I had a therapy session last night, and it's been awhile since I've gone. I count that as progress. For a couple weeks I've been deciding what I wanted to talk about because nothing seemed pressing (!). However, a constant theme that stuck with me since Jess passed away was an ever present feeling of doom; that I am going to die soon and when so, I'm definitely going to die of cancer.
Now, I know this is definitely a skewed perception, but I just could not make the feeling go away. As better as I was feeling, that was still hanging over my head. What better subject to talk to my therapist about. I explained that I'm pretty sure everybody is getting cancer now and it is taking over the world. It's all I ever hear about now. [Though cancer rates are gradually growing, I'm sure it hasn't gone all King Kong on the world yet....]. He related it to anything else we may have a deeper connection to in terms of how noticeable it becomes in our everyday life. For instance, you decide you would really like to purchase a red car. All of a sudden, all you see are red cars. Or, your great grandmother's restaurant closed after many years causing sadness to the family and all of a sudden all you notice are restaurant closures, feeling a deeper connection to those that do.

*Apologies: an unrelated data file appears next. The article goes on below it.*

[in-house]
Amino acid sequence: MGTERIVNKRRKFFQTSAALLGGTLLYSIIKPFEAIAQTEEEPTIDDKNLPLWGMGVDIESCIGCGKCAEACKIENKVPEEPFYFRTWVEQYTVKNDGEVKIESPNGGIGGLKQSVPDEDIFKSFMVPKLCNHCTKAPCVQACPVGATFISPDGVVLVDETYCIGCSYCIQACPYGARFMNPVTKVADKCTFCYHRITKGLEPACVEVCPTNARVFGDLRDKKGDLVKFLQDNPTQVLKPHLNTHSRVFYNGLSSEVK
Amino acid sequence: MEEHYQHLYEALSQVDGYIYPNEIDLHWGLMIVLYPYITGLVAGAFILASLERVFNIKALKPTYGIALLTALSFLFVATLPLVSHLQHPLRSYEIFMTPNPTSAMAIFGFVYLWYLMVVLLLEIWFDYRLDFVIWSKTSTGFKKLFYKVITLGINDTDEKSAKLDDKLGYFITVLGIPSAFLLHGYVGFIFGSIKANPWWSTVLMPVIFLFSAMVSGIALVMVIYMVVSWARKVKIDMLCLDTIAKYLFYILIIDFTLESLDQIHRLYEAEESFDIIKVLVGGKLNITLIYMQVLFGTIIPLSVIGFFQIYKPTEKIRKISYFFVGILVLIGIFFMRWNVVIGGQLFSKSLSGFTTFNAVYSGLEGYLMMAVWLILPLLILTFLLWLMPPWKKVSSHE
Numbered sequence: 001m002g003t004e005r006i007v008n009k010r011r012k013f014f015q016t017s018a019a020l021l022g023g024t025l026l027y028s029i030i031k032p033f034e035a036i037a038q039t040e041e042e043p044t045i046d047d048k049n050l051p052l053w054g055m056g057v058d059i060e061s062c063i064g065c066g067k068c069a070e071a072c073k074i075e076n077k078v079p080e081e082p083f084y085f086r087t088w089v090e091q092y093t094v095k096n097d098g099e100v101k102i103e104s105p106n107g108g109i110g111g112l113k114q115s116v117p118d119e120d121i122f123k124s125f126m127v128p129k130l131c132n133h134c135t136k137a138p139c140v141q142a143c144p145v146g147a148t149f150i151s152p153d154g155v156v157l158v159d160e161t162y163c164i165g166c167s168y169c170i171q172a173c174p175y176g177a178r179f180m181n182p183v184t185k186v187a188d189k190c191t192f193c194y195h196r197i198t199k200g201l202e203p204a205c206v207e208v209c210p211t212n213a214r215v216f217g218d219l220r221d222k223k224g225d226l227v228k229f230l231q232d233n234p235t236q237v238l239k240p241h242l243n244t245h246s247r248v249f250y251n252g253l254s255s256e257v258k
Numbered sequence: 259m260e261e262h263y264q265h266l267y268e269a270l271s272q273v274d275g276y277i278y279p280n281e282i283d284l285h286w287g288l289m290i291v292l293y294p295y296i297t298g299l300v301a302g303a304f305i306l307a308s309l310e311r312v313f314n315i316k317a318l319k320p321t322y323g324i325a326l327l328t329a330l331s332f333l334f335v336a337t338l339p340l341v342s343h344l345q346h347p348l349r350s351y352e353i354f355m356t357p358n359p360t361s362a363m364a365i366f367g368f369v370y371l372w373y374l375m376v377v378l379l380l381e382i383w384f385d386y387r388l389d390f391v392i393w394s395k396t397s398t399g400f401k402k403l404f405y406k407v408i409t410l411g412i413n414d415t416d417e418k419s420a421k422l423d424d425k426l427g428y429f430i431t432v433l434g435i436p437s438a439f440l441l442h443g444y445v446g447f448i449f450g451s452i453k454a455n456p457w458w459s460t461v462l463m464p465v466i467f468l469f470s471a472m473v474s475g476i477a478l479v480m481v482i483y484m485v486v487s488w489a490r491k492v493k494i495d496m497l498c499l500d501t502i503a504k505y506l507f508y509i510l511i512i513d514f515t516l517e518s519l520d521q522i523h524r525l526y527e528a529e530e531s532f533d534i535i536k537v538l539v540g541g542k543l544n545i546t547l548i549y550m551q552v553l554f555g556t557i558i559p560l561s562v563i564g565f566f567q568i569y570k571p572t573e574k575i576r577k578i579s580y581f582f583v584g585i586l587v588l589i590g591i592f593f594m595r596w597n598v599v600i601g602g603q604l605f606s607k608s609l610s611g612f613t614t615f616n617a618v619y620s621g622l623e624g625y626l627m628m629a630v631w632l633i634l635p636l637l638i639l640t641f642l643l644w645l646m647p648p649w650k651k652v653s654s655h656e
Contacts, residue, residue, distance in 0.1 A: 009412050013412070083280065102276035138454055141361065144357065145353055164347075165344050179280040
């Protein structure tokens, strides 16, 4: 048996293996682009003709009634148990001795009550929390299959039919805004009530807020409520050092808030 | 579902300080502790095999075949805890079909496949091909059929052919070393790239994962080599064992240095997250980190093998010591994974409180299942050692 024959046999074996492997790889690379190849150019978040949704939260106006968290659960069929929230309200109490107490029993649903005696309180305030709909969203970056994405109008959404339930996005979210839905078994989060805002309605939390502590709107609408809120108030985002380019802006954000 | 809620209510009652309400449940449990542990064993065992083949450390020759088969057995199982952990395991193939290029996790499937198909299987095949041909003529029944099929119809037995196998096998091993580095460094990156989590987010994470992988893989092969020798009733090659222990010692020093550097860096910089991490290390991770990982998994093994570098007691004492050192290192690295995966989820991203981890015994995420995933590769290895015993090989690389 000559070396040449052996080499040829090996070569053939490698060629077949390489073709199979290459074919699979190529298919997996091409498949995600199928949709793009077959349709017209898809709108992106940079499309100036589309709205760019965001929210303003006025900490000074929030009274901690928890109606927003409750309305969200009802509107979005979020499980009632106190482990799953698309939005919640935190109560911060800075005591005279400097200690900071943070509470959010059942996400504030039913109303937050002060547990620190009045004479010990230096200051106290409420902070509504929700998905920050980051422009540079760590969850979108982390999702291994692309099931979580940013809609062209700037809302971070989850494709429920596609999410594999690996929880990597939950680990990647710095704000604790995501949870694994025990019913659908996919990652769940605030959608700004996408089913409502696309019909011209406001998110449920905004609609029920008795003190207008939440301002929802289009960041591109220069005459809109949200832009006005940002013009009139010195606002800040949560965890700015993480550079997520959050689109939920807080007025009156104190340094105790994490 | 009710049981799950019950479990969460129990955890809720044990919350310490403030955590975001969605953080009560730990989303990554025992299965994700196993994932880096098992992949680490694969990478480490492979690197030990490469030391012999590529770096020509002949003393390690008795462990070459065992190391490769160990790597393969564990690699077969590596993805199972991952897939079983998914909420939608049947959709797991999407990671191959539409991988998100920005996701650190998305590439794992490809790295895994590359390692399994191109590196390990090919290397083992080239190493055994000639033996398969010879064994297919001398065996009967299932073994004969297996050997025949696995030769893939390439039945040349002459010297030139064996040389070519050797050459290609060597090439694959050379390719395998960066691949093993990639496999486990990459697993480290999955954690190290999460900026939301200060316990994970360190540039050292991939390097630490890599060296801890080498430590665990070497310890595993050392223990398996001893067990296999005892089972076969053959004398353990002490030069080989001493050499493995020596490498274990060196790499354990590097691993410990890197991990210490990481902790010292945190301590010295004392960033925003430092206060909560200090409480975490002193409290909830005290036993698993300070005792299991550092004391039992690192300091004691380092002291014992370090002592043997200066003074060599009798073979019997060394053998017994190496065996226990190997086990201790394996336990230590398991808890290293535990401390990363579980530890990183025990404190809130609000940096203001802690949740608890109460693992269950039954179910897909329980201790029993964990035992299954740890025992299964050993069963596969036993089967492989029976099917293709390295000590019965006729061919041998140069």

He told me that once I realized it was a fear, I would be able to allow myself to realize that there are plenty of healthy, vibrant people out there and to let the idea of those people in providing balance to this perception I have. Again, he has provided me with a great tool.
Feeling great about this, I'm driving to work this morning listening to MPR (Minnesota Public Radio) as I recently have been doing more of (apparently, I want to know what's going on in the world now) and they just happen to have a cancer epidemiologist from the MN Dept of Health on the air talking about a growing cancer scare in a certain Minnesota city. In that discussion, he stated that fifty percent of Minnesotans will get cancer at some point in their lives. 50%!?! My jaw dropped. Maybe this isn't new news, but hearing that 1 in 2 statistic sort of confirmed my fear. I mean, that is a bit staggering. Granted that could mean anyone from 0-150 years old, but still. I even had to check the MDH website to see if I heard this right. Sure did. That means that my cancer nightmare isn't over yet.
HOWEVER, I am taking this new information and giving it to God. I can do as much as I can by living a clean and simple life, but beyond that is not up to me. I can live with that. And living is what I do best :)